A NEW WAY OF LOOKING

TOM'S INSPIRATIONAL BLOG

Tom's blog 'A New Way of Looking' is a great source of photographic inspiration, news and reviews. Get a sneaky peek behind the scenes of Tom's Photo Walks, find out what projects he has on the go and read his exhibition reviews.

 

If you stumble across anything interesting and think that Tom could write something about it please let him know. Being a photographer he is always on the lookout for new and exciting inspiration.

 

 

JANUARY 8TH 2017

THE 5 MOST COMMON QUESTIONS ASKED ON MY PHOTO WALKS ANSWERED

SUNDAY 8TH JANUARY 2017

 1. WHAT LENS SHOULD I BE USING?

There are three things you need to consider to answer this question fully. Firstly, what is my subject? Chances are if you are photographing a landscape you will use a wide angle lens, (between 12 and 55mm), if you are photographing birds or other wildlife then you will need to go telephoto (from 100 to 500mm). Secondly, how deep would I like my depth of field to be? If you would like a shallow depth of field, (blurry background), you will need a lens with a good wide aperture, (e.g. f1.8 to f3.5). Prime lenses (or fixed focal length lenses) are usually best at this. Remember, when it comes to depth of field, it's not just about the aperture, it's how close you are to your subject. So finally how close can I get? If you need to get closer, get into the habit of moving closer rather than zooming in. This will not only improve your depth of field but also your perspective.

 

2. WHAT SETTINGS SHOULD I USE?

This is a really common one and unfortunately there is no definitive answer. It is useful to remember that photography is all about light. If we think of settings before we think of the light conditions, we will simply be plucking random figures out of the air. It is important to learn how you can use your camera to meter the light first. Once you know this settings will simply come as second nature.  (See our 'How to get it Right in Camera' Photo Walk for more on this subject).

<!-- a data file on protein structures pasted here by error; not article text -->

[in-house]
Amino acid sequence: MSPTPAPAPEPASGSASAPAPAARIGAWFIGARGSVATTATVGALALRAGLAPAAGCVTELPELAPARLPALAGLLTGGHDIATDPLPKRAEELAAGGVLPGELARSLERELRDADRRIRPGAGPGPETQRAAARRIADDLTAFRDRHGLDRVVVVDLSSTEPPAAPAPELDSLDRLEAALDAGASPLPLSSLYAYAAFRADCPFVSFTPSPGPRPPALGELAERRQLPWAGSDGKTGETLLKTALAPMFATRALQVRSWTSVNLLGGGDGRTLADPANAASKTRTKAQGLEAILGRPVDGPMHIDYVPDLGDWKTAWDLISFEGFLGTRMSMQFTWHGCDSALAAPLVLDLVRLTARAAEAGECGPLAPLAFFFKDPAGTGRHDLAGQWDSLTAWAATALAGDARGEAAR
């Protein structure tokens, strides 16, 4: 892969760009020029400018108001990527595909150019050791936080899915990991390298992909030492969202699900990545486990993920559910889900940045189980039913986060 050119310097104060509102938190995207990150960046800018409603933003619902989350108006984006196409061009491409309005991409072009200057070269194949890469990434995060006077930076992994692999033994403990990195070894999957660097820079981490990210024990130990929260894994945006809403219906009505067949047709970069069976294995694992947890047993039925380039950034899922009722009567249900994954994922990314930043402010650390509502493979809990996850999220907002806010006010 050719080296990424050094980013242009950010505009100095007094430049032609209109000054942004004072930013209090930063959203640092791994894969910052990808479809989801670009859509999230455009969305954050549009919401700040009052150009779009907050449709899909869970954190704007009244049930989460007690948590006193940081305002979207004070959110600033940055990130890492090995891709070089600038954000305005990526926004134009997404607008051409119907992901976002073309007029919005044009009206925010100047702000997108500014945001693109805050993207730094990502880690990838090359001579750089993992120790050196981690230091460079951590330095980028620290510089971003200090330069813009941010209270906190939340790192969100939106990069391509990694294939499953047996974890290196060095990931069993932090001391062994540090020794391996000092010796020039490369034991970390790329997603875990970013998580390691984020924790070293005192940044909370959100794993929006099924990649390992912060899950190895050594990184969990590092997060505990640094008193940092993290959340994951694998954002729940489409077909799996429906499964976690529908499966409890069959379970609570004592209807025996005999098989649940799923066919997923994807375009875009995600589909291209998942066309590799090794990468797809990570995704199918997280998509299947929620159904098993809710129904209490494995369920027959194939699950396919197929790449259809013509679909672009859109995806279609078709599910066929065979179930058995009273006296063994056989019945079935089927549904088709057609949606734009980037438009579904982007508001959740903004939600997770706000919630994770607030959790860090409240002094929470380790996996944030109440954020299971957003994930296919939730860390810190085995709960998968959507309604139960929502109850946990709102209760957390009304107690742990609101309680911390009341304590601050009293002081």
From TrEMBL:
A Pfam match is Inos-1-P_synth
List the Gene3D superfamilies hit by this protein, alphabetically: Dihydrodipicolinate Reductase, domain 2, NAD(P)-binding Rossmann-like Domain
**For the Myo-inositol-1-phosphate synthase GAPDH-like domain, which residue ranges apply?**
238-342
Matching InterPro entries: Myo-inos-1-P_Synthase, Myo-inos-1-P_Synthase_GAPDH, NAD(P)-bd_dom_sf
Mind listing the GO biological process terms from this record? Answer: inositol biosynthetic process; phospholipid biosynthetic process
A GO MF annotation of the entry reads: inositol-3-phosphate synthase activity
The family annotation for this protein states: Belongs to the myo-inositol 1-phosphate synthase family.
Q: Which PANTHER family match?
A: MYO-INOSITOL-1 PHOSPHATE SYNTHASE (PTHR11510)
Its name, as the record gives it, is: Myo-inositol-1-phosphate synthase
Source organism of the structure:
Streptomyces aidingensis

3. RAW, JPEG or both?

Most modern digital cameras allow you to shoot in RAW and JPEG. If you use RAW you will get more detailed shots, however, you will need special software to view your photographs. Think of it as a digital negative, you have all the relevant information in a file but you need to process it to see the beauty of the image. JPEG files are smaller and more manageable as they are compressed in camera. You do loose a lot of data though and it is inadvisable to put a JPEG through post production. With JPEGs you really have to get it right in camera, whereas RAW files give you a bit more leeway. I would recommend beginners select to shoot in both, therefore you can see the difference in your results, however, once you shoot fully in RAW, I doubt you would ever choose JPEG again.

 

4. Do I need to do Post Production?

If you shoot in RAW, (see above), then yes, you will have to do a bit. My best advice is try and get as much right in camera as possible. When I post produce my photographs all I tend to tweak is contrast, shadows, highlights and clarity. These are the things that usually get dampened in a RAW file. Trying simple tasks like turning a photograph black and white or adding a graduated filter can be great ways to learn about what is possible.

 

5. What software should I use?

Everyone seems to have a different preference these days because there are so many programs on the market. It is good to know that you don't have to break the bank to get decent post production software, even your camera should have come with a basic editor. If you would like something a little more advanced, Google provide a great free package called the 'Nik' Collection. Alternatively, the industry standard these days is Adobe Lightroom. A great program with everything you would ever need for editing photographs. I would advise newcomers to photography against Photoshop as it is expensive, overcomplicated and does far much more that your everyday snapper would ever need.

DECEMBER 31ST 2016

10 UNIQUE WAYS TO IMPROVE

YOUR PHOTOGRAPHY IN 2017

SATURDAY 31ST DECEMBER 2016

 1. PUT DOWN YOUR BOOK AND PICK UP YOUR CAMERA

Books are great tools, don't get me wrong, however there is no substitute to getting stuck in with your camera and learning from your mistakes. If you need to look something up in a book afterwards, that is fine. Don't get bogged down in the often over complicated detail.

 

2. SHOOT 10 PHOTOS WITHIN A MILE RADIUS OF YOUR HOUSE OR WORK

We often take where we live and work for granted. You will be amazed how much you see when you purposely go out to find photos rather than them finding you. You might even get to know your area better.

 

3. USE A SINGLE FOCAL LENGTH FOR ONE WEEK

Zooming in and out is very convenient but, let's face it, it can make you a very lazy photographer. Alter your perspective and zoom with your feet by using a prime lens or limit yourself to a single focal length for every photo you take for one week. You will be amazed how much more you see.